The second instance happened because Kishore Kumar was very influenced by foreign music and foreign singers. He used to buy many records in those days. He wanted to have that same melody in his voice and persuaded Dad to use the Isle of Capri mukhda. The resulting song was Dil Dil Se Milakar Dekho.

It’s similar to what is rampant today in terms of remixes and recreating old songs. A popular melody, a phrase or a catchy tune can be presented in a different way with the music arrangement of the time. Every generation will like it, as long as you modernise it.

NMK: What about composers copying your dad’s tunes?
SK: In the 1956 Bhai-Bhai, there were a few songs that were less popular than the other big hit numbers. Bhai Bhai’s Sharabi Ja, Ja, Ja with exactly the same tune, same phrasing, same meter and similar lyrics became Kabutar Ja Ja Ja in Maine Pyaar Kiya. And the other Bhai Bhai song Is Duniya Mein Sab Chor-Shor became Tu Cheez Badi Hai Mast Mast. It’s not just the same repetition of “chor-chor” as “mast-mast,” but the tune is the same too. It happens.

Phir Wohi Shaam Wohi Gham, Jahan Ara (1964).

NMK: Was his music appreciated by other composers of his time?
SK: In Anpadh, there are two very popular ghazals, Aap Ki Nazaron Ne Samjha and Hai Isi Mein Hai Pyaar Ke Abaru. One day, Naushad saab, who was one of Dad’s mentors, was known to have said: “I was so impressed by these two ghazals that I went to Madan’s house and told him to give me these two songs and take my entire repertoire of work.” Naushad saab may have said this to make Dad happy, but his words get quoted everywhere.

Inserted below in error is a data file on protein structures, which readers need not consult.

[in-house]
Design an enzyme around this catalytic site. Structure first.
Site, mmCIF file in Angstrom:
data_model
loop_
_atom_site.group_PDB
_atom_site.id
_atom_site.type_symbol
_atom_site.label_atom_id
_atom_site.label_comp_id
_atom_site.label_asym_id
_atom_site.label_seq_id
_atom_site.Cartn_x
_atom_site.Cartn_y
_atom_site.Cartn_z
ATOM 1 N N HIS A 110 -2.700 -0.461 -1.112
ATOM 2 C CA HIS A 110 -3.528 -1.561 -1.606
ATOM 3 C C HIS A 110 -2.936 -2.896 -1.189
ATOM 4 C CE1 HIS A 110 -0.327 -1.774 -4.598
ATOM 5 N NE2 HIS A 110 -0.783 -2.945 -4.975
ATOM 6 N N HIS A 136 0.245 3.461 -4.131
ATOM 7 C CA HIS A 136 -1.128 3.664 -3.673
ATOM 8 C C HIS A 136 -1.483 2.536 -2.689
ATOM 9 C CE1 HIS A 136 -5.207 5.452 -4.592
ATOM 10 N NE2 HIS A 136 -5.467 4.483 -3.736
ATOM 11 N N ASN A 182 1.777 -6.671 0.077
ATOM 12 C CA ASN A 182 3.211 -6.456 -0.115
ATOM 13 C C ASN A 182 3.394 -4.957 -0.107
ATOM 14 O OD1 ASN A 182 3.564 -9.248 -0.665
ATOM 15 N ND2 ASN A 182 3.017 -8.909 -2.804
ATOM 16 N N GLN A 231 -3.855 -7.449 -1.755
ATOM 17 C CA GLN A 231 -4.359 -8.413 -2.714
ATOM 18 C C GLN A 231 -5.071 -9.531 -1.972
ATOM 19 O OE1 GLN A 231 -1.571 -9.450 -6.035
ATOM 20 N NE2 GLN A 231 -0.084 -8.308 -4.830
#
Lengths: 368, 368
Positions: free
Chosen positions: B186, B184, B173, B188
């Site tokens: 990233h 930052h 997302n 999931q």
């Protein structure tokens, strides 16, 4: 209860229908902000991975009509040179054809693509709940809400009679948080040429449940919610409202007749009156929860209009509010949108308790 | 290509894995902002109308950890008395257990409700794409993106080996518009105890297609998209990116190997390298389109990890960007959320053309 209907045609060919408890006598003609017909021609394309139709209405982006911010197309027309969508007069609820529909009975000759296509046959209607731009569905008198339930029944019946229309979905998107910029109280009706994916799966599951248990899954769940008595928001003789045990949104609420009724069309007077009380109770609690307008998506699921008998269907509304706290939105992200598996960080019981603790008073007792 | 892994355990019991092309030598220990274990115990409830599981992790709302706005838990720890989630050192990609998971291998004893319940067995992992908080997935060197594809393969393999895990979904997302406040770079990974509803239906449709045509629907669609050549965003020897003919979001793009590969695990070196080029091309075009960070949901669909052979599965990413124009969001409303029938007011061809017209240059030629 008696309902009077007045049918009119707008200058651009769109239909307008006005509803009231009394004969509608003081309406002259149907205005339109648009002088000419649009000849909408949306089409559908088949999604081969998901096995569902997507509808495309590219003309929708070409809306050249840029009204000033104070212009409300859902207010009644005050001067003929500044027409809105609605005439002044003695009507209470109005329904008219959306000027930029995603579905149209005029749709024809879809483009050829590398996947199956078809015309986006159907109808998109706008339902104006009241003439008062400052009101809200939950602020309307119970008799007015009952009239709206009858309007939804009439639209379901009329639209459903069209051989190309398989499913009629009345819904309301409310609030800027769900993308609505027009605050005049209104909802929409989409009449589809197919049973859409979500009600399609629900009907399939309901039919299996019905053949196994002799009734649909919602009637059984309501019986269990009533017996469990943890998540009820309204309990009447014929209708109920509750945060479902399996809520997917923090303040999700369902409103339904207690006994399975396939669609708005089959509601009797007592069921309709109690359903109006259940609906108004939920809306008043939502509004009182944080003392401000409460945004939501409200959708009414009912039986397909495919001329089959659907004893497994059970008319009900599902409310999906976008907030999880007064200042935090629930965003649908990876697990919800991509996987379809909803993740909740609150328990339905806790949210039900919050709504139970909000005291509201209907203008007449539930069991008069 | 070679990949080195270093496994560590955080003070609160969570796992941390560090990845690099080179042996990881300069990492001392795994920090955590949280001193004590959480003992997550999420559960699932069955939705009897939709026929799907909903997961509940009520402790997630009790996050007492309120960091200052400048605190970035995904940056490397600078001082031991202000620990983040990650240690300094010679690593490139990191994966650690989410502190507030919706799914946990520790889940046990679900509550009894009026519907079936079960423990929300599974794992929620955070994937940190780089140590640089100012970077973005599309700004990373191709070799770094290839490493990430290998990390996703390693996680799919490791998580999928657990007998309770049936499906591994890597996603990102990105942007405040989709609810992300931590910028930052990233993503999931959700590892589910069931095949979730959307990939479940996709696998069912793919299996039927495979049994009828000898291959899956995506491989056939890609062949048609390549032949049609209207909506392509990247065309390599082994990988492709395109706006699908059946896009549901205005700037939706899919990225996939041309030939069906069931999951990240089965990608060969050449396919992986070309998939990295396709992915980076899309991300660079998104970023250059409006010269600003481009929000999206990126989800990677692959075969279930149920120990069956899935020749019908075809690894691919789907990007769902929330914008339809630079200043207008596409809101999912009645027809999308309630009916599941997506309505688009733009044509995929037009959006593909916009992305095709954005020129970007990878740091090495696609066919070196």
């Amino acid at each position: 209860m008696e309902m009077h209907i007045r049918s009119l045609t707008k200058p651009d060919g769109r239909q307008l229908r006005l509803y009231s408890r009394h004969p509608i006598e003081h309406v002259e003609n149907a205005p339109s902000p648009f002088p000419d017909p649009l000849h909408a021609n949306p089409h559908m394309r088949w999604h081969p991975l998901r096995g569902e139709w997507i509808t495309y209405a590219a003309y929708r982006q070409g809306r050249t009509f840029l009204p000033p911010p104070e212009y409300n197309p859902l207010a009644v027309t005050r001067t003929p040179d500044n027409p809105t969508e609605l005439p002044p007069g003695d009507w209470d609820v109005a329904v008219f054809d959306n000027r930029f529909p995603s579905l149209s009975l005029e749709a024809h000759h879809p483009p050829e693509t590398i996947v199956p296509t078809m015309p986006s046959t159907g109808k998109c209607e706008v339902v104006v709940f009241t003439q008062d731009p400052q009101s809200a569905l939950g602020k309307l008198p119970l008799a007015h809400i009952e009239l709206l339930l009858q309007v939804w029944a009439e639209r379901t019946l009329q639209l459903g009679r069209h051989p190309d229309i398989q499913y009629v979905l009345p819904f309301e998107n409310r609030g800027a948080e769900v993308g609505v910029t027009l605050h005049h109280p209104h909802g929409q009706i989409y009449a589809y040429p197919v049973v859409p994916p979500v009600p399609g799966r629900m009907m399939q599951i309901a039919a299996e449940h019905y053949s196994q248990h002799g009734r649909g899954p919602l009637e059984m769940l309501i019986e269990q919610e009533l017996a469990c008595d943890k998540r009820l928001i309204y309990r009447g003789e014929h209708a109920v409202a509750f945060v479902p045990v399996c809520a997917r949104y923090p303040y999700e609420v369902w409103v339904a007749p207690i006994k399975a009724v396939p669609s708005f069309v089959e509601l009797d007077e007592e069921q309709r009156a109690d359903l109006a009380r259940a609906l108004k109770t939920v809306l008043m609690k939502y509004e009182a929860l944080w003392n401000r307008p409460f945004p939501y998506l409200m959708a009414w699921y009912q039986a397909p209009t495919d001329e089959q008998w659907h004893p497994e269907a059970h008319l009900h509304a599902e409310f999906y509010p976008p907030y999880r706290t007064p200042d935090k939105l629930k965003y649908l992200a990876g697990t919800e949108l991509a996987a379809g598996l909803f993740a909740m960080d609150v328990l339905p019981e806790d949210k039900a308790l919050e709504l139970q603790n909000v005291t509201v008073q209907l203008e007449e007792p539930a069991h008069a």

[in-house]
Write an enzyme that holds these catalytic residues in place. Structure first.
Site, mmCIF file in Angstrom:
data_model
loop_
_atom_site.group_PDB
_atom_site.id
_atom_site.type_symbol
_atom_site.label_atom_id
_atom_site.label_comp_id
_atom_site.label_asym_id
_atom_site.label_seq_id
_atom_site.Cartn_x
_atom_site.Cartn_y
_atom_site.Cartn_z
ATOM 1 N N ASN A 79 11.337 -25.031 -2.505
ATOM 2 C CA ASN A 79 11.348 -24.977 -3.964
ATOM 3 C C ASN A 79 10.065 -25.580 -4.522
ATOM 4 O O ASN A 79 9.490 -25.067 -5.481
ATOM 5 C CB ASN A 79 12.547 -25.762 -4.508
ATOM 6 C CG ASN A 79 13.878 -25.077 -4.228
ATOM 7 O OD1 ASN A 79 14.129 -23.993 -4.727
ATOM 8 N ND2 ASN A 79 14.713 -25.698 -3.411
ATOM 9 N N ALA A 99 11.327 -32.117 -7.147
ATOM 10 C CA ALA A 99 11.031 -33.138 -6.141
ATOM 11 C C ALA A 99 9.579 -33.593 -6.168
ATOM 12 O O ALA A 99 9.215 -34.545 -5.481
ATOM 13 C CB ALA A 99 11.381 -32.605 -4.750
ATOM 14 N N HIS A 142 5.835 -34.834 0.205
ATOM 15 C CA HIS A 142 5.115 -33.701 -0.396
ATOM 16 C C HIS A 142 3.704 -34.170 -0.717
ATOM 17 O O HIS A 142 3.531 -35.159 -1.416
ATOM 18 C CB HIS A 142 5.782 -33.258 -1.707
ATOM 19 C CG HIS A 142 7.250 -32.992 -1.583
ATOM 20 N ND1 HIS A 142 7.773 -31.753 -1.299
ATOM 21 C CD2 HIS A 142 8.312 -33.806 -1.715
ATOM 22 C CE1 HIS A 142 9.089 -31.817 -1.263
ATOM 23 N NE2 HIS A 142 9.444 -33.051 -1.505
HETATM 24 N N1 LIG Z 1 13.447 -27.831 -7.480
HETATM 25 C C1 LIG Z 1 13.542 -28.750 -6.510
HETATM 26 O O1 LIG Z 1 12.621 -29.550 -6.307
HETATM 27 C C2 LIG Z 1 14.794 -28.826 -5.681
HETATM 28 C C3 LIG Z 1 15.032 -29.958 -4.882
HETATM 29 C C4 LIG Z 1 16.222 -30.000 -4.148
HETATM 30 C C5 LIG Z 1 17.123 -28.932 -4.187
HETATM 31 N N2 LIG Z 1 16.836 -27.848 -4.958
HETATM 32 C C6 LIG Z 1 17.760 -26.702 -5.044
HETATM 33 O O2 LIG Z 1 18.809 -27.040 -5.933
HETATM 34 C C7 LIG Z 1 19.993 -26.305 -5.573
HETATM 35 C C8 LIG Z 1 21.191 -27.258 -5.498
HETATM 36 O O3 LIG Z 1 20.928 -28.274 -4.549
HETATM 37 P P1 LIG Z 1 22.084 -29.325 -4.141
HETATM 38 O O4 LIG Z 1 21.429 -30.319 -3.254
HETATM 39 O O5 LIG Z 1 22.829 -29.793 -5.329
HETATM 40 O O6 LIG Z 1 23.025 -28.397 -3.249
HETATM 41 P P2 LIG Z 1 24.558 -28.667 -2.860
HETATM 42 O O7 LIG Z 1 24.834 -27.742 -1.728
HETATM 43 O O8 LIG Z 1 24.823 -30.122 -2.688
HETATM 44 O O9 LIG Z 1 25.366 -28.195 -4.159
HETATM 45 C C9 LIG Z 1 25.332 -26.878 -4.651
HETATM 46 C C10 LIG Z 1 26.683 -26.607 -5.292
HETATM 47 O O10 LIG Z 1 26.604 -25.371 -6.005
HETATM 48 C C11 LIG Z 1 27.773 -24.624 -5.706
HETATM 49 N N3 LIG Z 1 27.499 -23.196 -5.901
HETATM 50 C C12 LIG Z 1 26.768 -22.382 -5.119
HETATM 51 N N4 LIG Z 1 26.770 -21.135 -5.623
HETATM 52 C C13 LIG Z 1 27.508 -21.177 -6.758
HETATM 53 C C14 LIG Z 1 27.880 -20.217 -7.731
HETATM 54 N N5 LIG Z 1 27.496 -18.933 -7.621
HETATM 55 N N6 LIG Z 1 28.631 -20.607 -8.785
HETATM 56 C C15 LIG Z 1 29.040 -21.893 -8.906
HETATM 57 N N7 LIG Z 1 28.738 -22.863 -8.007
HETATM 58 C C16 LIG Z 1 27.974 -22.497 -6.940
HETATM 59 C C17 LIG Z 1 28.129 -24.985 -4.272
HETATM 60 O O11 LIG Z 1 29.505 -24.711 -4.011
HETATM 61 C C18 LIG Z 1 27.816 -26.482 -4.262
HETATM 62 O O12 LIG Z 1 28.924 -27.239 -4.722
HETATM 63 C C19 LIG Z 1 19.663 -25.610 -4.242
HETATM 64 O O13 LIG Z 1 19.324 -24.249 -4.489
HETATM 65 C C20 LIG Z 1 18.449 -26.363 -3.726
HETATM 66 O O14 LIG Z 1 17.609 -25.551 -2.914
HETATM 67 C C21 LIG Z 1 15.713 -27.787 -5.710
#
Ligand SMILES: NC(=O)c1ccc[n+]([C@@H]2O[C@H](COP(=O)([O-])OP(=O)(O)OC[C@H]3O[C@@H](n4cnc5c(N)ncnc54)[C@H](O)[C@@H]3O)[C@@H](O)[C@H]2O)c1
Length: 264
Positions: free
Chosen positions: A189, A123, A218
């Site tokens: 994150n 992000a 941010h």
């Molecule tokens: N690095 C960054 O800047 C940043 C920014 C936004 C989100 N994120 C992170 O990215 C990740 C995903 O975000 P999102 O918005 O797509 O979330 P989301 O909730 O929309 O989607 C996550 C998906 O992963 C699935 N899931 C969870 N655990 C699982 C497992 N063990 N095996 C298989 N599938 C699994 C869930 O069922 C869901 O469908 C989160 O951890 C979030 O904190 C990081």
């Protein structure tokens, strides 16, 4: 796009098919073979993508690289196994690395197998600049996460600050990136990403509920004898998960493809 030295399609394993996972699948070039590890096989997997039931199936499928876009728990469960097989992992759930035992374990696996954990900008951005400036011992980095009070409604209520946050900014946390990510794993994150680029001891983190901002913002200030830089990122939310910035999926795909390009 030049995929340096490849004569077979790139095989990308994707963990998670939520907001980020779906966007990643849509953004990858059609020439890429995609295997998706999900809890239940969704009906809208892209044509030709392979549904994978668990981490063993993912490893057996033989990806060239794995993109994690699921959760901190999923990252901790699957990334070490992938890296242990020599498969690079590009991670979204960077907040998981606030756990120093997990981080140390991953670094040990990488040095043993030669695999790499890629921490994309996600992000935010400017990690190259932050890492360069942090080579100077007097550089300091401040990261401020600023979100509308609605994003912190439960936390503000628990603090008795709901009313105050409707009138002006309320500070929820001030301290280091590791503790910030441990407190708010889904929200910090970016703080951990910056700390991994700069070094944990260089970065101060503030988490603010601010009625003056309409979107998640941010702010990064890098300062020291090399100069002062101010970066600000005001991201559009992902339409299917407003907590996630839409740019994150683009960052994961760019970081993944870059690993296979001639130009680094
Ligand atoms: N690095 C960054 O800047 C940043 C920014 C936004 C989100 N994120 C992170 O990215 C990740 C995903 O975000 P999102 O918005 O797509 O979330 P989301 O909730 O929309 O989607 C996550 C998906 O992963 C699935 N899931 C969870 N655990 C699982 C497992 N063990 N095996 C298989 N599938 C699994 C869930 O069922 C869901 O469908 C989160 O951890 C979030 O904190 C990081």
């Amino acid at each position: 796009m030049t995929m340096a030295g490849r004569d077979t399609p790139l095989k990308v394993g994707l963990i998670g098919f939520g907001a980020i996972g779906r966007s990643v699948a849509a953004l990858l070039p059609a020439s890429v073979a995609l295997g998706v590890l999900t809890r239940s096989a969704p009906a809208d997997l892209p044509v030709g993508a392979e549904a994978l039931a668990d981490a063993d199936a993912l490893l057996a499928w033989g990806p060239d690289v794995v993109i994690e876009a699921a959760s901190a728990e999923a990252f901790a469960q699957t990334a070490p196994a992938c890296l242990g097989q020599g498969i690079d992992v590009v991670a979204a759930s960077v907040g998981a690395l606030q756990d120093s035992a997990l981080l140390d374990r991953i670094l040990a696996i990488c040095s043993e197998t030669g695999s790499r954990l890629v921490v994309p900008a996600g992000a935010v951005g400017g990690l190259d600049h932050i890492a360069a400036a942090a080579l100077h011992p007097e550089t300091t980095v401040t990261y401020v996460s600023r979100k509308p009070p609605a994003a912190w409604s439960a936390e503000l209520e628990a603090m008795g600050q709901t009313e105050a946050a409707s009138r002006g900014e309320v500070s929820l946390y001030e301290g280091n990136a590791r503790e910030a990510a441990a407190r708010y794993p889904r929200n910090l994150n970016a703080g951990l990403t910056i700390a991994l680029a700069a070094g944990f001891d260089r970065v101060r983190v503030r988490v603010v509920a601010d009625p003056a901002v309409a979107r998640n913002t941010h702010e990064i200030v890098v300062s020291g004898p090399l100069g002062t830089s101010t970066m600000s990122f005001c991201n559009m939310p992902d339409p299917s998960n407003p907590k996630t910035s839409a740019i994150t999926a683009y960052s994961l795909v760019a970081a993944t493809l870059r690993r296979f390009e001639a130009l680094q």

NMK: It is well documented that Lataji was a very close family friend and regarded your father as a brother. What about Rafi saab?
SK: On Eid, kheer would come from Rafi saab’s house in the morning. Every year. Seviyaan and kheer. Dad would wake up at 9.30 and go to work. By lunchtime, I would have finished the kheer. Then in the evening when Dad came home, he would ask for “Rafi saab ke ghar se kheer,” and I’d have to cadmit, “Kha lee maine.”

We thought of it as the sweetest kheer ever, because it came from Rafi saab’s house. We kids used to call him Mohammed Barfi, instead of Rafi, because of that sweet and delicious kheer. We had lovely times.

Madan Mohan and Mohammed Rafi. Courtesy

I remember Dad had this white and blue Studebaker car which he used to wash himself as he did not want anyone else to touch it. He used to call it “my baby.” Everybody knew the car belonged to Madan Mohan because there were only a few owners of Studebakers in those days. One day, he took us kids for a drive on Worli Sea Face and drove the car quite fast. I was six years old and egging him on. Before we knew it, we heard police sirens and a police jeep was following us. I got very worried, and my mother said, “Stop the car, what are you doing? You’ve broken the speed limit.”

A senior police officer got out of the jeep and came to our car window. Dad rolled down the window and said, “Officer, sorry, I’m driving fast.” “No, Madanji, I stopped you only to tell you that your music in Anpadh should have won the Filmfare Award.” Dad was so touched. He looked at my mother and said, “See, I’ve been given my award.” I cannot forget that incident.